Hong Kong stocks advanced, with the Hang Seng Index erasing last week’s decline, as mainland shares surged after a regulator said China can boost by 10 times quotas for foreign investment in its financial markets. Li & Fung (494) Ltd., which supplies Wal-Mart Stores Inc. and Target Corp., plummeted 15 percent.
Gains by China Life Insurance Co. (2628) and China Construction Bank Corp. helped boost share gauges as Guo Shuqing, chairman of the country’s securities regulator, spoke at a conference in Hong Kong. Citic Securities Co. (6030), a mainland brokerage, jumped 6.2 percent as companies that may benefit from inflows of foreign funds into markets surged. Li & Fung reported operating income slumped 40 percent in 2012.
The benchmark Hang Seng Index gained 0.6 percent to 23,413.26 at the close, with about three stocks climbing for every two that fell. The Hang Seng China Enterprises Index of mainland companies increased 1.4 percent to 12,003.75, its highest close since August 2011.
“Guo’s comments are very significant as it shows the government is trying to get bullish on stocks and it’s a policy signal as well,” Hao Hong, Hong Kong-based China strategist at Bank of Communications, said in a phone interview. The Shanghai Composite Index surged 3.1 percent after Guo spoke.
Exports jumped 14 percent during December from a year earlier, according to a Jan. 10 report. Data last week showed inflation in China accelerating faster than expected as cold conditions in the north of the country pushed food prices higher last month.
“The economic data is showing growth is rising again, especially in the rise of exports in December,” Lun said. “The only bogey is really the rise in the food prices again, especially the price of pork.”
The sudden jump in overseas shipments prompted renewed concern about the accuracy of the country’s statistics from analysts at Goldman Sachs Group Inc., UBS AG and Australia & New Zealand Banking Group Ltd.
More than two stocks increased for each that retreated on the Hang Seng Composite Index (HSCI), which climbed 0.8 percent, led by financial shares and developers.
China Life Insurance gained 2.9 percent to HK$26.75, while China Construction Bank advanced 0.9 percent to HK$6.52. Citic Securities jumped 6.2 percent to HK$20.15.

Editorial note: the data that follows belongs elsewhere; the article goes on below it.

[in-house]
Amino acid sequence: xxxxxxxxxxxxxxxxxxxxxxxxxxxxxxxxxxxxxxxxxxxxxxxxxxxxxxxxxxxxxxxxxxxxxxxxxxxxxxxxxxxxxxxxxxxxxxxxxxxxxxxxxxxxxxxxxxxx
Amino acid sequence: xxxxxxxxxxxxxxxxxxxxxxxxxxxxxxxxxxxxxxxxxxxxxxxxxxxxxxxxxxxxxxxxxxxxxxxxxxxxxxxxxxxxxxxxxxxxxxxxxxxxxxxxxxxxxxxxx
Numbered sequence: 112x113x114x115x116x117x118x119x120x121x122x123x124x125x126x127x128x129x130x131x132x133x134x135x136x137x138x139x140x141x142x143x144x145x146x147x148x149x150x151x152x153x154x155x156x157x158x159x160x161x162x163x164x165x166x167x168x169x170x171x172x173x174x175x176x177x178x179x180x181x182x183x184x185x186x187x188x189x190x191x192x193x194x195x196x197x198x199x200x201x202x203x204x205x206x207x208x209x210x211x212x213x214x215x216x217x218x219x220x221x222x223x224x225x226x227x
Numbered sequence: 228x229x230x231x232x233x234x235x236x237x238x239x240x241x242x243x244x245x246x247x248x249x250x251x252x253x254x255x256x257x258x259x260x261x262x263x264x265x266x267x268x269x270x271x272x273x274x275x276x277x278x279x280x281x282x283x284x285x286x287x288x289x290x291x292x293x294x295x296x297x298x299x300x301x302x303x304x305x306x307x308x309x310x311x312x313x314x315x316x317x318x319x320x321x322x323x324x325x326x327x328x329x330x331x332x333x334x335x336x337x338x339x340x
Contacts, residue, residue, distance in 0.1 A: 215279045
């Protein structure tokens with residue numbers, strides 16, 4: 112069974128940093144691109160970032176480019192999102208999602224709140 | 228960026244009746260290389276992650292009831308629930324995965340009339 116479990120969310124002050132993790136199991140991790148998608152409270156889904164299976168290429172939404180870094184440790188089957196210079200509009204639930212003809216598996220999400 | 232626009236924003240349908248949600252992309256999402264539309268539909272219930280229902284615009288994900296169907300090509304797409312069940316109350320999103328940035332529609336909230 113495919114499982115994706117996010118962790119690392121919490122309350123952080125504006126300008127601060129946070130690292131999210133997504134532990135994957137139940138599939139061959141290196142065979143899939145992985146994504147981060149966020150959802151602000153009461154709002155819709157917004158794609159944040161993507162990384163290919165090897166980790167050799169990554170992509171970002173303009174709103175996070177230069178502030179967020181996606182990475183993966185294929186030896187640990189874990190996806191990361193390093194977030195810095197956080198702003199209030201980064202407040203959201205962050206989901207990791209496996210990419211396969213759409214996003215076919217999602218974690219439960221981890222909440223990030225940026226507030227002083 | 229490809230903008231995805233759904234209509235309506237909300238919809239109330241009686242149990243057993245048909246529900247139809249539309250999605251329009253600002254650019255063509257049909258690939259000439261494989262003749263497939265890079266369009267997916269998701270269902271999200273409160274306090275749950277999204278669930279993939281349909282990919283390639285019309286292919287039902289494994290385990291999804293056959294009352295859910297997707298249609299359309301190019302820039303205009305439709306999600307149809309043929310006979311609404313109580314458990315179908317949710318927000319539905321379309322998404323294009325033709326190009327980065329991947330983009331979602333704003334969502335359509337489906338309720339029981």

“The risk on trade is continuing as the overall economic environment is fairly stable,” said Yoji Takeda, who oversees about $1.2 billion as Hong Kong-based head of Asian equities at RBC Investment Management (Asia) Ltd. “Inflation in China is still at an early stage. I don’t think it should be a big concern right now.”
Hong Kong’s benchmark index surged 23 percent last year as China’s economy showed signs of improvement and as central banks around the globe added stimulus. Shares on the measure traded at 11.3 times estimated earnings yesterday, compared with 13.3 for the Standard & Poor’s 500 Index (SPX) and 12 for the Stoxx Europe 600 Index, according to data compiled by Bloomberg.
China’s stocks are poised to rise 20 percent this year, bolstered by government efforts to boost domestic spending and accelerate urban development, according to David Li, UBS’s China chairman and country head.
The “uptrend” for equities remains unchanged even after the slide for the nation’s benchmark gauge on Jan. 11, Li said in an interview in Bloomberg’s Shanghai office. Shanghai’s Composite Index fell the most in three months on Jan. 11 after the inflation report signaled limited room for monetary easing to support an economic recovery.
China has started preparations for a trial program that would allow individuals to invest in overseas capital markets, the State Administration of Foreign Exchange said Jan. 11.
In 2007, China unveiled a so-called “through-train” program, in which citizens could invest directly in Hong Kong stocks. That drove a 55 percent rally in the city’s shares through to Oct. 30, 2007, when the Hang Seng Index (HSI) closed at a record 31,638.22. The State Administration of Foreign Exchange scrapped the plan in January 2010.
The HSI Volatility Index (VHSI) climbed 2.5 percent to 14.27, indicating traders expect the benchmark to swing 4.1 percent in the next 30 days.
Li & Fung dropped 15 percent to HK$11.74, its biggest decline since Aug. 10, with trading volume 12 times its five-day average. A slower-than-expected recovery at the U.S. unit contributed to the profit decline, Li & Fung said in a preliminary earnings statement on Jan. 11.
GCL-Poly Energy Holdings Ltd. (3800), a maker of polysilicon and solar wafers, dropped 4.3 percent to HK$2.03 after saying it expects a “substantial loss” for the year ended December 2012.
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